Does my query meat taste good?

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apc
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Does my query meat taste good?

Post by apc » February 16th, 2010, 10:32 pm

Hello,

I've been struggling with the meat section of my query. The intro and outro paragraphs are boilerplate and basic. Is there enough flavor in the below three sentences or is a longer description better?

THE BASEMENT is a story of self-discovery. With the help of aptitude test answer key drawings, a high class call girl/psychoanalyst and the voice of his deceased grandfather, Cyrus makes sense of his life. He also happens to work for eugenicists and suffers from an addiction to sweets.

Thanks,
Anthony

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ddegreeff
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Re: Does my query meat taste good?

Post by ddegreeff » February 17th, 2010, 8:58 am

I'd post the 'boilerplate basics' of the other paragraphs so we can get a better idea of the flow. As for the meat, it's in need of some work. I'd cut the first sentence, because as far as I've read, agents don't want you listing the themes. As for the rest...it's in need of some expansion. Who is Cyrus? Why does he need to make sense of his life? Why and how is his dead grandfather's voice in his head? Does his addiction to sweets significantly alter the storyline or who he is? You've got to give us something more, or we're just left with hollow questions.
Davy DeGreeff
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benwhiting
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Re: Does my query meat taste good?

Post by benwhiting » February 17th, 2010, 10:31 am

I agree with the suggestion to post the whole thing.
THE BASEMENT is a story of self-discovery. I think agents prefer to see that your story is about self-discovery by the details you give. Don't just sum it up. With the help of aptitude test answer key drawings, a high class call girl/psychoanalyst and the voice of his deceased grandfather, Cyrus This sentence construction pushes your hero into the back half of the paragraph. Like a story, I think a query works better when we meet the hero right away. While all of the words preceding his name are about him, the reader doesn't know who he is until the query is almost over. makes sense of his life. He also happens to work for eugenicists and suffers from an addiction to sweets.I think this adds nice flavor to the query.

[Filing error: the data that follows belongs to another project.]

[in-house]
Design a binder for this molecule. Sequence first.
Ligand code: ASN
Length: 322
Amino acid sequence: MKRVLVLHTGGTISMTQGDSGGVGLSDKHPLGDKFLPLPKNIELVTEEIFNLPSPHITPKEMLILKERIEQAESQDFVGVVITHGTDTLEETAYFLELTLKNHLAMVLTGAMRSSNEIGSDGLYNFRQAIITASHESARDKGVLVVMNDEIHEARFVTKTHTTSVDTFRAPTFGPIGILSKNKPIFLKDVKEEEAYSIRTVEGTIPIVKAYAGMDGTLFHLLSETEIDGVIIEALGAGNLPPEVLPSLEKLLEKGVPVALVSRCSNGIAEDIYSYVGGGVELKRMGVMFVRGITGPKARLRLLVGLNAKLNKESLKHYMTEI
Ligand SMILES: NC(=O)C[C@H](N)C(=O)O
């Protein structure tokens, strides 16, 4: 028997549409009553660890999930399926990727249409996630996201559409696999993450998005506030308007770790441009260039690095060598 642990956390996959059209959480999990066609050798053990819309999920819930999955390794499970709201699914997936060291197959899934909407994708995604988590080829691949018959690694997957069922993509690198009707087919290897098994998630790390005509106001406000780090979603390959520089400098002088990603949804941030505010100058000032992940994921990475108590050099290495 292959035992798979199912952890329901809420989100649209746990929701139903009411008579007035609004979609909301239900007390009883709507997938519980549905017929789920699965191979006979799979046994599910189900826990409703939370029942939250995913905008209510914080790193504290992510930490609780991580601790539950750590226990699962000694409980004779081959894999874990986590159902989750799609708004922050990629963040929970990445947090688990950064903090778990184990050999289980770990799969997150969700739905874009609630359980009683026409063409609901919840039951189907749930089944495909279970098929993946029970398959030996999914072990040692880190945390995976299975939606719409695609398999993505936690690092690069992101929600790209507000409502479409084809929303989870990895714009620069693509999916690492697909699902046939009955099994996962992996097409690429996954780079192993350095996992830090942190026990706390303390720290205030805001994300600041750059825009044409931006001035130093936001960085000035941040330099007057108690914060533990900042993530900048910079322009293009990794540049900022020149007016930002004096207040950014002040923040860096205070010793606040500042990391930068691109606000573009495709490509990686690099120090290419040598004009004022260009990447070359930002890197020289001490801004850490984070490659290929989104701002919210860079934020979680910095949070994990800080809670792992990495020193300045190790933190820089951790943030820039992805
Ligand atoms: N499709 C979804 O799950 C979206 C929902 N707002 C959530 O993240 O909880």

Literary agent Janet Reid (aka, The Query Shark) recommends you stick to answering three basic questions with your query: who is the protagonist, what choice does s/he face, and what are the consequences of that choice? Try rewriting with these goals in mind. Right now I don't think you have much meat here, just a lot of flavor. Feel free to expand this section as necessary so that you can give the reader a good, concrete idea of what your story is about.

My query is here: viewtopic.php?f=12&t=825 if you don't mind returning the critique.

jessicatudor
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Re: Does my query meat taste good?

Post by jessicatudor » February 17th, 2010, 12:06 pm

I agree with what's been said. It's got a lot going on and could use some clarification.
apc wrote:
THE BASEMENT is a story of self-discovery. With the help of aptitude test answer key drawings, a high class call girl/psychoanalyst and the voice of his deceased grandfather, Cyrus makes sense of his life. He also happens to work for eugenicists and suffers from an addiction to sweets.
Despite interesting elements, your plot 'Cyrus makes sense of his life' lacks focus. How will he do that? What is his goal - or, at least, the demonstrable result of achieving it, in the case of a vague or more internal one as in a coming of age novel.

And just a nitpick, but I got lost on the phrase 'aptitude test answer key drawings' because it's a bunch of nouns all together. Grammatically, you'd need to hyphenate the nouns when used as adjectives, as they are in this case: aptitude-test answer-key drawings, which is still clunky and tells us nothing.

I agree with Ben Whiting to start with your how and why. Good job on keeping it short and to the point.
'The world is but canvas to our imaginations.' - Thoreau

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